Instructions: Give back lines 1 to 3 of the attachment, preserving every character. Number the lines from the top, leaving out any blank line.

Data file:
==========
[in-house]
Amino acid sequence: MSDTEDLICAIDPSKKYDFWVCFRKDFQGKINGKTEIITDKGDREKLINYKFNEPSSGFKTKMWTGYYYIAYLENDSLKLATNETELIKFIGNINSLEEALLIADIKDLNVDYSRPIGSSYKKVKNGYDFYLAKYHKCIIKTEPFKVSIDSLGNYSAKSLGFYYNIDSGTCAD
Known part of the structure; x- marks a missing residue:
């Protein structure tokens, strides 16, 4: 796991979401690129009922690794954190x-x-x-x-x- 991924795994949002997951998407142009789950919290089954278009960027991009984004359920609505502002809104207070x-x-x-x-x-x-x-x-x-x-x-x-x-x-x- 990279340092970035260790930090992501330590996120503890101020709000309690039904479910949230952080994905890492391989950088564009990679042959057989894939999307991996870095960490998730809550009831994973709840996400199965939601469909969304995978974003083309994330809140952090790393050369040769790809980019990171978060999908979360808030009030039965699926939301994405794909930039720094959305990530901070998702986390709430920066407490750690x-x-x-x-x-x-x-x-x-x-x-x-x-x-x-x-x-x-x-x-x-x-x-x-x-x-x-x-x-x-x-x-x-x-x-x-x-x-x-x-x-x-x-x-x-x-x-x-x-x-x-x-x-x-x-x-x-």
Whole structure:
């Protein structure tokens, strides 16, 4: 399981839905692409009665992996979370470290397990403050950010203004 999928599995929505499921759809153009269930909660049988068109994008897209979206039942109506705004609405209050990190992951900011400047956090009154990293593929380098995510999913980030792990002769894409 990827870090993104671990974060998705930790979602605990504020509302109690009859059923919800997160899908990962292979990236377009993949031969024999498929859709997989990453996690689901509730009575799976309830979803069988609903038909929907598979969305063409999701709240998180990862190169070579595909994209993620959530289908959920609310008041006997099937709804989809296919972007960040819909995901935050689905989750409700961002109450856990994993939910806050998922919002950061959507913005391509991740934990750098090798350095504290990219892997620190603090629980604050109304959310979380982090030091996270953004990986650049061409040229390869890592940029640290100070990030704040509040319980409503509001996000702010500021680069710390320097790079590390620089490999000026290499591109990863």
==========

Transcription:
[in-house]
Amino acid sequence: MSDTEDLICAIDPSKKYDFWVCFRKDFQGKINGKTEIITDKGDREKLINYKFNEPSSGFKTKMWTGYYYIAYLENDSLKLATNETELIKFIGNINSLEEALLIADIKDLNVDYSRPIGSSYKKVKNGYDFYLAKYHKCIIKTEPFKVSIDSLGNYSAKSLGFYYNIDSGTCAD
Known part of the structure; x- marks a missing residue: